China is poised to launch a new state-backed investment fund worth approximately $40 billion to support its semiconductor sector. This move comes as part of the country's efforts to catch up with rivals like the U.S. The fund, likely to be the largest among three funds launched by the China Integrated Circuit Industry Investment Fund, or the Big Fund, aims to accelerate the development of the semiconductor industry in China.

The target of the fund, set at 300 billion yuan ($41 billion), surpasses the amounts raised by similar funds in 2014 and 2019, which were 138.7 billion yuan and 200 billion yuan, respectively, according to government reports. The fund will primarily focus on investing in chip manufacturing equipment, according to sources familiar with the matter.

President Xi Jinping has consistently emphasized the need for China to achieve self-sufficiency in semiconductors. This urgency has heightened after the United States imposed export control measures, citing concerns that China could exploit advanced chips to enhance its military capabilities. Subsequently, China faced restrictions on accessing advanced chipmaking equipment when the U.S. introduced comprehensive sanctions. Similar steps were taken by U.S. allies Japan and the Netherlands.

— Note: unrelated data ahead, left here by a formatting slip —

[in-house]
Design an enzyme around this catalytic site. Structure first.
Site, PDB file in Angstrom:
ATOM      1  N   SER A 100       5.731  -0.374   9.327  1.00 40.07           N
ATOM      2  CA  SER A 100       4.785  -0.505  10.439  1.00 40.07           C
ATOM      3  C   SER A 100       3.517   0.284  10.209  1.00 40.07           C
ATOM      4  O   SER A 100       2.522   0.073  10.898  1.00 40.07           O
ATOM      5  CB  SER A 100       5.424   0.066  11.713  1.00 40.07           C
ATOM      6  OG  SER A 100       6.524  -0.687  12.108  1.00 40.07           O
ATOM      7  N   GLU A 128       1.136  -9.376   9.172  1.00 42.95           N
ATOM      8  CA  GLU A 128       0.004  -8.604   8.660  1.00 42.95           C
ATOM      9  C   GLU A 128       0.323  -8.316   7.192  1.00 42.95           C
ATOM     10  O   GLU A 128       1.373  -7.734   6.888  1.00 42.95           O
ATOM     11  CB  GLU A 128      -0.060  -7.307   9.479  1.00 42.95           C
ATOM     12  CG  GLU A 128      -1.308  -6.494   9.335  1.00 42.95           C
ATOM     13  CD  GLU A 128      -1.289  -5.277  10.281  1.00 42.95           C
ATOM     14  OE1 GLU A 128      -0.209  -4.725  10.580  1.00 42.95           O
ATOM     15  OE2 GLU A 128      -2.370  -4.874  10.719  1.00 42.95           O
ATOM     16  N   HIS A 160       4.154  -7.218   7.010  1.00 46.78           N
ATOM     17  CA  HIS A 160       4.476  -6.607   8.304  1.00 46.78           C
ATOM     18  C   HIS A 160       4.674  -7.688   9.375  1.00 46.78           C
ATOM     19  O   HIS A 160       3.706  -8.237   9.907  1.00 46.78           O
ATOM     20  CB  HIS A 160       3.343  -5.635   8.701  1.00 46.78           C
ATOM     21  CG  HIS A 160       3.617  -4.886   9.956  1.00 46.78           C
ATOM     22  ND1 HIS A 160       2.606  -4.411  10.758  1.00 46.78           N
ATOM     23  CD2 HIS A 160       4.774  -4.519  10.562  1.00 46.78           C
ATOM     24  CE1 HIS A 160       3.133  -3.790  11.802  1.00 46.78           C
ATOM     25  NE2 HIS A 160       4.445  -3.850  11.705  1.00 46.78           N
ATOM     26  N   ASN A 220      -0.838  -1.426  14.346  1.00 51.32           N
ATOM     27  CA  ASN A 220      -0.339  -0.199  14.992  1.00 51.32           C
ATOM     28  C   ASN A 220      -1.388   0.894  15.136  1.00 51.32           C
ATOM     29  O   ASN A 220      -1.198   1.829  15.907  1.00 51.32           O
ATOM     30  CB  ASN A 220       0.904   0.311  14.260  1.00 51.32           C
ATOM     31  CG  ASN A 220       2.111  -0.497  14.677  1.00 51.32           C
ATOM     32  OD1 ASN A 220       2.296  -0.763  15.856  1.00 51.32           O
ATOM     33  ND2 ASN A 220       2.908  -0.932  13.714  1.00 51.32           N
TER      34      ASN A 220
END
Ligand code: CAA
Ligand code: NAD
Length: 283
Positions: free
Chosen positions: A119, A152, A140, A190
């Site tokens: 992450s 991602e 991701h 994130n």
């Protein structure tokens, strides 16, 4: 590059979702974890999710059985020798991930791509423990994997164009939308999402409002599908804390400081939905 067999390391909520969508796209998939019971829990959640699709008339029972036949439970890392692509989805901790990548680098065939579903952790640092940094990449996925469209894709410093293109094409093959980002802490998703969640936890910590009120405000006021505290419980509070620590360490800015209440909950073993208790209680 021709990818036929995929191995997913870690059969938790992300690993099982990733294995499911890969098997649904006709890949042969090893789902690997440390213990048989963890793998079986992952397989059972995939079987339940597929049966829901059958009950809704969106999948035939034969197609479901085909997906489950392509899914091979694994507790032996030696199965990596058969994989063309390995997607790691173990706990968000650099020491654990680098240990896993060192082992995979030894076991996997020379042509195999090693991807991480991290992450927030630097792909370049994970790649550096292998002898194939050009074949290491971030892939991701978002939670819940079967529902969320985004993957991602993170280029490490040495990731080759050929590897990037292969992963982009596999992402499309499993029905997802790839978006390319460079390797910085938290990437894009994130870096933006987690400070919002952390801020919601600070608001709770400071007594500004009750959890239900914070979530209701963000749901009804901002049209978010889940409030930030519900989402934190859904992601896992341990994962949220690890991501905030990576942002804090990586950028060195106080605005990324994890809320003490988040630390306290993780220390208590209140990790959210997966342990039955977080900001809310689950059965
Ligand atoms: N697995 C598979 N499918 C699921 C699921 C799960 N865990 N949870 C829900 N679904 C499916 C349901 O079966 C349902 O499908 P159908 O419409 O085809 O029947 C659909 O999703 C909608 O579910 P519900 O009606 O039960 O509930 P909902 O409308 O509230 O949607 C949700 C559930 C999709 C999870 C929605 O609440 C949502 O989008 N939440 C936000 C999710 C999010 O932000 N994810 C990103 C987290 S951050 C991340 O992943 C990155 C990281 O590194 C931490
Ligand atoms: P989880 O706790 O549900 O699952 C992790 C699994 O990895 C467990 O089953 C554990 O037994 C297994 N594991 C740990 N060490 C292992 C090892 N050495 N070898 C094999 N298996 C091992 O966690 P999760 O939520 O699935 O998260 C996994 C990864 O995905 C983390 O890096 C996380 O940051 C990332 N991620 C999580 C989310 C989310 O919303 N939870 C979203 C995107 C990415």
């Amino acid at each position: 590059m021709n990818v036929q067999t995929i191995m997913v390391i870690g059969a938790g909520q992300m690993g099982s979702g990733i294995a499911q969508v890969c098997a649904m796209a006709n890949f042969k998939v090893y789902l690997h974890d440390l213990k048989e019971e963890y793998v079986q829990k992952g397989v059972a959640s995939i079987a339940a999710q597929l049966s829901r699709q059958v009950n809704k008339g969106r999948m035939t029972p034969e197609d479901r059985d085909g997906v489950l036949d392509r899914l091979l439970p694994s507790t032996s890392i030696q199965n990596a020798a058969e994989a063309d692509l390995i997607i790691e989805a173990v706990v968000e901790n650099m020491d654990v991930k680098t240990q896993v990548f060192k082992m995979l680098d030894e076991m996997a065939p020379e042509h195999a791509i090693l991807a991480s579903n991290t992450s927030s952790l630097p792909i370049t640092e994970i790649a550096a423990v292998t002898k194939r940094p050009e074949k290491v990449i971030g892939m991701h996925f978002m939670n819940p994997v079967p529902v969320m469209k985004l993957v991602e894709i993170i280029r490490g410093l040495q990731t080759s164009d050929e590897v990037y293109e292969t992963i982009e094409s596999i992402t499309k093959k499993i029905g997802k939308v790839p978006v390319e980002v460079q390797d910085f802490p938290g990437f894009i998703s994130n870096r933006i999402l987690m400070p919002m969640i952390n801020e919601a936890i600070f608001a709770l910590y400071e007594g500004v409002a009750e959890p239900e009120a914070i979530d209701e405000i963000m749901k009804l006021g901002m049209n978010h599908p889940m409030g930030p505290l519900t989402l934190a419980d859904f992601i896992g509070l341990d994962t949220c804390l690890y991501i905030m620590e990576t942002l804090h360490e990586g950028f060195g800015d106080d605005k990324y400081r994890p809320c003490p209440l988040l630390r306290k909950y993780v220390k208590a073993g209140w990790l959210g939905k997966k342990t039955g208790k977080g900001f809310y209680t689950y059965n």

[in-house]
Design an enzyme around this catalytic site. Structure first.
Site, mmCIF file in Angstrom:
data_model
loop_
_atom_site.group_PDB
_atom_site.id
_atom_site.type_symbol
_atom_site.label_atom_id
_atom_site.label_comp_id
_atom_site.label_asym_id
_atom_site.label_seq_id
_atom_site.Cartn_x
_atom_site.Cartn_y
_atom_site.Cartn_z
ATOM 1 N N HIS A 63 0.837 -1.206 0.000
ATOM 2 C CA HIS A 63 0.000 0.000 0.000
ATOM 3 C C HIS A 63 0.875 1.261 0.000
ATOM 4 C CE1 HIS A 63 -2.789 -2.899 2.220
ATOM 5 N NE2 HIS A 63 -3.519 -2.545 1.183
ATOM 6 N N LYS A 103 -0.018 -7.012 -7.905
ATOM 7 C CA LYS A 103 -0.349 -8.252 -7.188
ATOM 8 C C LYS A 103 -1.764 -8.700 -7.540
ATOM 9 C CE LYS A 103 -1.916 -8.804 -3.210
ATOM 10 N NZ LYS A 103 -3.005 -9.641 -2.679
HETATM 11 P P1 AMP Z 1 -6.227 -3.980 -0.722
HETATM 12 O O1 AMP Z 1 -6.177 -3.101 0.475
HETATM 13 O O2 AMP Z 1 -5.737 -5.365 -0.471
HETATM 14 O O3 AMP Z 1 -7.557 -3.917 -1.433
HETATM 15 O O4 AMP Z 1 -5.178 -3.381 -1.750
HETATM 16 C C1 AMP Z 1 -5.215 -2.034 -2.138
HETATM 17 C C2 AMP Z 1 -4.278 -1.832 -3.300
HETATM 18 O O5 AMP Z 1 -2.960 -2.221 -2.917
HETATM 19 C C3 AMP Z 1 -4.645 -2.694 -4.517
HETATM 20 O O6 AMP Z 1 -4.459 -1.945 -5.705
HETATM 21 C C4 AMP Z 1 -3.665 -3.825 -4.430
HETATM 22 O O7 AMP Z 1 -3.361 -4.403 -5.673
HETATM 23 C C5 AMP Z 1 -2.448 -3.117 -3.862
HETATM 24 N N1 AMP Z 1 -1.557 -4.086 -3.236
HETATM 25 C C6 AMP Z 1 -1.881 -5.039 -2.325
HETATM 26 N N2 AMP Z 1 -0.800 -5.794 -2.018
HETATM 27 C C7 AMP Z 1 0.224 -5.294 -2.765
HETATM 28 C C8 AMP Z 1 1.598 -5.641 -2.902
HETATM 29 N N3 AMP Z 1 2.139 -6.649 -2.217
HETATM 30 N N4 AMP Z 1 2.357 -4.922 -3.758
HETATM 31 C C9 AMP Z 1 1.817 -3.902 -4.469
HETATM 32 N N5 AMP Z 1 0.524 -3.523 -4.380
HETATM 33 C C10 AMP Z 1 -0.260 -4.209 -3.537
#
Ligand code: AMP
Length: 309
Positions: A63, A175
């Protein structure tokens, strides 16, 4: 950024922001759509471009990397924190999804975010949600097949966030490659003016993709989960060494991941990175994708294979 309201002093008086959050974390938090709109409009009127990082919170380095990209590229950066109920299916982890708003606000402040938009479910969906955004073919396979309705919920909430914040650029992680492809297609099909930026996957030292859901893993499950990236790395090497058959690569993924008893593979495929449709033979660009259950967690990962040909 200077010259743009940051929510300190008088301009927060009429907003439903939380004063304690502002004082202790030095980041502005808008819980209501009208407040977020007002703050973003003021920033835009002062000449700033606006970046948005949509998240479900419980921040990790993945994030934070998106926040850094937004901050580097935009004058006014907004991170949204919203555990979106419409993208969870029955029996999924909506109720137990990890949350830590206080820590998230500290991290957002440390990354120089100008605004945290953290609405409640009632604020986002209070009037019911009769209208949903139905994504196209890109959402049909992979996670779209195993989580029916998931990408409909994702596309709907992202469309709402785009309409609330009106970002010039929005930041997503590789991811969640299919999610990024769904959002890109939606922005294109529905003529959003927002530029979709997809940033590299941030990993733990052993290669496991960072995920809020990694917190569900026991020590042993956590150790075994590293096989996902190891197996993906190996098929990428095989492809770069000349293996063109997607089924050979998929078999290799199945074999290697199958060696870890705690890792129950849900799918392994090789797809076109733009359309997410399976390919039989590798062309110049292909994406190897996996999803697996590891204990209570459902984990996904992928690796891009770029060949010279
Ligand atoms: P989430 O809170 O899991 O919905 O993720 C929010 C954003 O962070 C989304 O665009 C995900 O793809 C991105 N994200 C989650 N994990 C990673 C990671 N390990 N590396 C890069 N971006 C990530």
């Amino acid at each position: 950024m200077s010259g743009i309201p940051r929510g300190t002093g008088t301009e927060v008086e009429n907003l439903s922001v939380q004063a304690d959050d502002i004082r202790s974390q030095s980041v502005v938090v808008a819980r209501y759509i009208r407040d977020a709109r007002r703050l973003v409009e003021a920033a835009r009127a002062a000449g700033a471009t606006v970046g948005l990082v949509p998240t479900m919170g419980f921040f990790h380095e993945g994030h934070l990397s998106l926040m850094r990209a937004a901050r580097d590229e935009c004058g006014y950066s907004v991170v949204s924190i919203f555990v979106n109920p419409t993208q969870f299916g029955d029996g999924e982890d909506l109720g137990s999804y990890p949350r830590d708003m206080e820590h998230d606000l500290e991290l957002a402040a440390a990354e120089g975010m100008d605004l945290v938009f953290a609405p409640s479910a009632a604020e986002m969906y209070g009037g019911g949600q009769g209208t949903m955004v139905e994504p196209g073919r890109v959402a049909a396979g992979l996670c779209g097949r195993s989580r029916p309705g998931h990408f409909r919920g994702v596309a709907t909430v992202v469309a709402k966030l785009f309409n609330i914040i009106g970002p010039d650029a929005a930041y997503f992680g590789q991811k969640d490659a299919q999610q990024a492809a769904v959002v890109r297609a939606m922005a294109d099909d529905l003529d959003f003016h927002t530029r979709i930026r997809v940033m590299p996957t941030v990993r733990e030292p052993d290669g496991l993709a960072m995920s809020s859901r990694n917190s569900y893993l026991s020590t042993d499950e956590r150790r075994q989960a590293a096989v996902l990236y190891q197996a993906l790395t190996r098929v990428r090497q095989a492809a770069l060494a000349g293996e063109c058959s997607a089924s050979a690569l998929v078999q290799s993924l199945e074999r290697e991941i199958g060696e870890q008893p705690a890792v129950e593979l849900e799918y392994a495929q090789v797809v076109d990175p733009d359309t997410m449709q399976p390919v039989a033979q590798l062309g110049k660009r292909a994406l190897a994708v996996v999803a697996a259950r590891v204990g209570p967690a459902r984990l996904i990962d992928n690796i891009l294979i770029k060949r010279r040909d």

Chinese authorities approved the establishment of the new fund in recent months. The country's finance ministry is planning to contribute 60 billion yuan, while other contributors remain unknown.

The fundraising process is expected to take several months, and details regarding the launch of the third fund or potential modifications to the plan are not immediately available. The Big Fund's previous two funds received support from entities like the finance ministry, China Development Bank Capital, China National Tobacco Corporation, and China Telecom. The Big Fund has provided financial assistance to major chip foundries like Semiconductor Manufacturing International Corporation (SMIC), Hua Hong Semiconductor, Yangtze Memory Technologies, and several smaller companies and funds.

To manage the capital of the new fund, the Big Fund is considering hiring at least two institutions. While SINO-IC Capital, the sole manager of the first two funds, remains under investigation by China's anti-graft authority, it is expected to continue managing the third fund. Chinese officials have also approached China Aerospace Investment, the investment arm of state-owned China Aerospace Science and Technology Corporation, to discuss its role as one of the fund managers.

China's launch of a state-backed investment fund, slated to be worth $40 billion, manifests its commitment to fortify the semiconductor sector. This endeavor aims to enhance China's chip industry and reduce reliance on foreign suppliers, particularly in advanced chip technologies, aligning with President Xi's emphasis on semiconductor self-sufficiency.